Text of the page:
I guess I would say I’m a Midwesterner, and therefore I think I’m optimistic by nature. But I think the state of politics and the state of the country—it’s difficult right now to feel there’s going to be kind of a coming together at the end of this campaign. We’re a divided country, and the campaign is, I think, making those divisions greater. Whether we had Trump or not, I think that would still be the case—because if you look at most of the people who competed for the nomination, this would be a very divisive campaign. When you go through that, and when each side believes that if the other side wins it’s sort of the apocalypse, it’s hard after that to say, ‘Let’s put all of that aside and come together.’ The country [is] going through a big transition, a big transformation, and politics is not separate from that. Those changes have created the politics we have, and so, in a sense, until you kind of get through all that, it’s going to be hard to be a united country.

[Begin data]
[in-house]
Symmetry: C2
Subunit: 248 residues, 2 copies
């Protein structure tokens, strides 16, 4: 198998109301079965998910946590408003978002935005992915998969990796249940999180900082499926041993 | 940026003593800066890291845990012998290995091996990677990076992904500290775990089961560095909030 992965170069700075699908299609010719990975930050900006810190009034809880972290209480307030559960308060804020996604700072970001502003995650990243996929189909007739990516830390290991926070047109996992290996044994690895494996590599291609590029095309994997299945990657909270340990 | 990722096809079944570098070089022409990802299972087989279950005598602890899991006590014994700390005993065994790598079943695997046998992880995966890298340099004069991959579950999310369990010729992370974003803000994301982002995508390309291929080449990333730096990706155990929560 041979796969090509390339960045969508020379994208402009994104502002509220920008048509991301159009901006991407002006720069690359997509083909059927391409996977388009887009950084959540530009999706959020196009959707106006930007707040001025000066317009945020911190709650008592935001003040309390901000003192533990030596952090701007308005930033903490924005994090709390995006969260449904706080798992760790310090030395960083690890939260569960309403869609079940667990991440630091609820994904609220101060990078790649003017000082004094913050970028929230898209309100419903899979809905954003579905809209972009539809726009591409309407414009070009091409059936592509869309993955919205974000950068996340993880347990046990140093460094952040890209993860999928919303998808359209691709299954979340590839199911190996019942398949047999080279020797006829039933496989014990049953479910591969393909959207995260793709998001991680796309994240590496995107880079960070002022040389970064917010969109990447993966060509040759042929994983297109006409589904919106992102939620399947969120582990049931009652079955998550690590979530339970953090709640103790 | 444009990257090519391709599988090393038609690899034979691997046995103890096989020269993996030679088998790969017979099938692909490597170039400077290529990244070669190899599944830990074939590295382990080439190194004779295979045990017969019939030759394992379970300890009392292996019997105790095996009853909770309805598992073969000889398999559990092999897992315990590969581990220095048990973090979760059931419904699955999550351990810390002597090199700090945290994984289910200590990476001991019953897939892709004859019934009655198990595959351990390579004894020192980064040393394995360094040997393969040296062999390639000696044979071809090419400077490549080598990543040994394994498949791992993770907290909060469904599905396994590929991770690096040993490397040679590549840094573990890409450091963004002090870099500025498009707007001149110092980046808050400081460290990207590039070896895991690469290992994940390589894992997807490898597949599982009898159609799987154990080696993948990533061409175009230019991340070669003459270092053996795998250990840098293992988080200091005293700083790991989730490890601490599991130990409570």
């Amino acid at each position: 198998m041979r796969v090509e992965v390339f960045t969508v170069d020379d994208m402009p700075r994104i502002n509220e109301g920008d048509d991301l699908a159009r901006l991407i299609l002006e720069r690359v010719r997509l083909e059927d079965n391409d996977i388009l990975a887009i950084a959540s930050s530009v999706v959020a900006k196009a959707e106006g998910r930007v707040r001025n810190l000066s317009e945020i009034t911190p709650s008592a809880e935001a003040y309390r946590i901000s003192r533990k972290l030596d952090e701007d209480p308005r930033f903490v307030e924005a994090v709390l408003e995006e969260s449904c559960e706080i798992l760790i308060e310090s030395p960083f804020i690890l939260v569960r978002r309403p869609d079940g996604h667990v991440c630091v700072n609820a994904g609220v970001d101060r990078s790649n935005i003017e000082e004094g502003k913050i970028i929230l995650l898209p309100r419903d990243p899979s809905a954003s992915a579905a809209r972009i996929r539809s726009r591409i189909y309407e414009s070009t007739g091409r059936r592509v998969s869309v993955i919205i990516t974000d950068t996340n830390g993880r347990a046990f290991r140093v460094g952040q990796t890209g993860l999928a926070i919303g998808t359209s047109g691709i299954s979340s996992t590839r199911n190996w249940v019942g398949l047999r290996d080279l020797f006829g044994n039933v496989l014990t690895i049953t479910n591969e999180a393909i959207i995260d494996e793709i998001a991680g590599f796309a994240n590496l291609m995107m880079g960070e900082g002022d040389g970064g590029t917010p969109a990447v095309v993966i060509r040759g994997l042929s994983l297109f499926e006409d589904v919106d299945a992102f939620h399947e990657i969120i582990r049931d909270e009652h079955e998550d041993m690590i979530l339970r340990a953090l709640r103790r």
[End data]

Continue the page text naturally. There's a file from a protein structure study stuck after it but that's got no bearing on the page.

When I started out, you had a campaign, there were arguments, there were debates, and then there was kind of a resolution when the country accepted what happened and said, ‘OK, that’s the direction.’ Elections don’t seem to resolve things today. Somebody wins, but the argument continues. That’s why, while I want to be optimistic, I’m not sure we’re going to get there very soon.

Louis Peck ( has covered politics extensively at the local, state and national level for four decades.